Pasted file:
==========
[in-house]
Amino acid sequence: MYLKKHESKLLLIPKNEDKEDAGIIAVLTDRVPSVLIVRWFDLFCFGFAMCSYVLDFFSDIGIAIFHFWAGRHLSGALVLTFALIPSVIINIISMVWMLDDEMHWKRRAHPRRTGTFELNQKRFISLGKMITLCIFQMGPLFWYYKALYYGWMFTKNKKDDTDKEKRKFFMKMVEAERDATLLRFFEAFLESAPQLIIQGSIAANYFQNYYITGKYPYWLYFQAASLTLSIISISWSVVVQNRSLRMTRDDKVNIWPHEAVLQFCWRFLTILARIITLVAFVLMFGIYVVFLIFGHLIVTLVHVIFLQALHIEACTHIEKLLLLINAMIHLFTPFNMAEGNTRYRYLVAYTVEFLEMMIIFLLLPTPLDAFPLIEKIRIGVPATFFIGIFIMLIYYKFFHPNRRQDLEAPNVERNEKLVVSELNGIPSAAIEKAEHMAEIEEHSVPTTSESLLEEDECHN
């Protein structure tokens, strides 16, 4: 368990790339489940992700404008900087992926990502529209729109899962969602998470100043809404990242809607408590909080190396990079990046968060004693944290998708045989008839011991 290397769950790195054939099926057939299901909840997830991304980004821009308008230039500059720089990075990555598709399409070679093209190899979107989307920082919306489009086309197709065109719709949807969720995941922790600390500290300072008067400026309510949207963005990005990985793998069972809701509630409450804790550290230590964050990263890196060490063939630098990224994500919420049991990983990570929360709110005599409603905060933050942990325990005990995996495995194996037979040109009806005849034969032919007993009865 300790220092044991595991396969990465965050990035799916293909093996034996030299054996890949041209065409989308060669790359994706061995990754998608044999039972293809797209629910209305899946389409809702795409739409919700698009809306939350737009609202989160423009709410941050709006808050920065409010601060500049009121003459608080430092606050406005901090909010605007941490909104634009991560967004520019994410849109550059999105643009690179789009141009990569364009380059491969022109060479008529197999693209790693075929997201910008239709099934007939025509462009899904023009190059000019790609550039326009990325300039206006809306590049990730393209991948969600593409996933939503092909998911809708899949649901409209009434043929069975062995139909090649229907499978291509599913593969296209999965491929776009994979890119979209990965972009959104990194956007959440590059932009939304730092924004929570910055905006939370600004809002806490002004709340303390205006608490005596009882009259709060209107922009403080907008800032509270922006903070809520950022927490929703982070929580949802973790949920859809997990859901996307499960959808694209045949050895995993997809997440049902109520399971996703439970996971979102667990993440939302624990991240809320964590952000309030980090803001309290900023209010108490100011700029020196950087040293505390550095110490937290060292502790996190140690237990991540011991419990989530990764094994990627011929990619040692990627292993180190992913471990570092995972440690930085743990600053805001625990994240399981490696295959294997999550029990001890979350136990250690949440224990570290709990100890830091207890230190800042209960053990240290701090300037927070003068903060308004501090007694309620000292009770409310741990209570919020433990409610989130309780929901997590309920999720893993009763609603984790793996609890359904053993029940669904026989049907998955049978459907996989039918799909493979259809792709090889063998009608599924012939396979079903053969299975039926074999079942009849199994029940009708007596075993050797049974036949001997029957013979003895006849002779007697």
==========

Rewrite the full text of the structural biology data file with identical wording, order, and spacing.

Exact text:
[in-house]
Amino acid sequence: MYLKKHESKLLLIPKNEDKEDAGIIAVLTDRVPSVLIVRWFDLFCFGFAMCSYVLDFFSDIGIAIFHFWAGRHLSGALVLTFALIPSVIINIISMVWMLDDEMHWKRRAHPRRTGTFELNQKRFISLGKMITLCIFQMGPLFWYYKALYYGWMFTKNKKDDTDKEKRKFFMKMVEAERDATLLRFFEAFLESAPQLIIQGSIAANYFQNYYITGKYPYWLYFQAASLTLSIISISWSVVVQNRSLRMTRDDKVNIWPHEAVLQFCWRFLTILARIITLVAFVLMFGIYVVFLIFGHLIVTLVHVIFLQALHIEACTHIEKLLLLINAMIHLFTPFNMAEGNTRYRYLVAYTVEFLEMMIIFLLLPTPLDAFPLIEKIRIGVPATFFIGIFIMLIYYKFFHPNRRQDLEAPNVERNEKLVVSELNGIPSAAIEKAEHMAEIEEHSVPTTSESLLEEDECHN
């Protein structure tokens, strides 16, 4: 368990790339489940992700404008900087992926990502529209729109899962969602998470100043809404990242809607408590909080190396990079990046968060004693944290998708045989008839011991 290397769950790195054939099926057939299901909840997830991304980004821009308008230039500059720089990075990555598709399409070679093209190899979107989307920082919306489009086309197709065109719709949807969720995941922790600390500290300072008067400026309510949207963005990005990985793998069972809701509630409450804790550290230590964050990263890196060490063939630098990224994500919420049991990983990570929360709110005599409603905060933050942990325990005990995996495995194996037979040109009806005849034969032919007993009865 300790220092044991595991396969990465965050990035799916293909093996034996030299054996890949041209065409989308060669790359994706061995990754998608044999039972293809797209629910209305899946389409809702795409739409919700698009809306939350737009609202989160423009709410941050709006808050920065409010601060500049009121003459608080430092606050406005901090909010605007941490909104634009991560967004520019994410849109550059999105643009690179789009141009990569364009380059491969022109060479008529197999693209790693075929997201910008239709099934007939025509462009899904023009190059000019790609550039326009990325300039206006809306590049990730393209991948969600593409996933939503092909998911809708899949649901409209009434043929069975062995139909090649229907499978291509599913593969296209999965491929776009994979890119979209990965972009959104990194956007959440590059932009939304730092924004929570910055905006939370600004809002806490002004709340303390205006608490005596009882009259709060209107922009403080907008800032509270922006903070809520950022927490929703982070929580949802973790949920859809997990859901996307499960959808694209045949050895995993997809997440049902109520399971996703439970996971979102667990993440939302624990991240809320964590952000309030980090803001309290900023209010108490100011700029020196950087040293505390550095110490937290060292502790996190140690237990991540011991419990989530990764094994990627011929990619040692990627292993180190992913471990570092995972440690930085743990600053805001625990994240399981490696295959294997999550029990001890979350136990250690949440224990570290709990100890830091207890230190800042209960053990240290701090300037927070003068903060308004501090007694309620000292009770409310741990209570919020433990409610989130309780929901997590309920999720893993009763609603984790793996609890359904053993029940669904026989049907998955049978459907996989039918799909493979259809792709090889063998009608599924012939396979079903053969299975039926074999079942009849199994029940009708007596075993050797049974036949001997029957013979003895006849002779007697």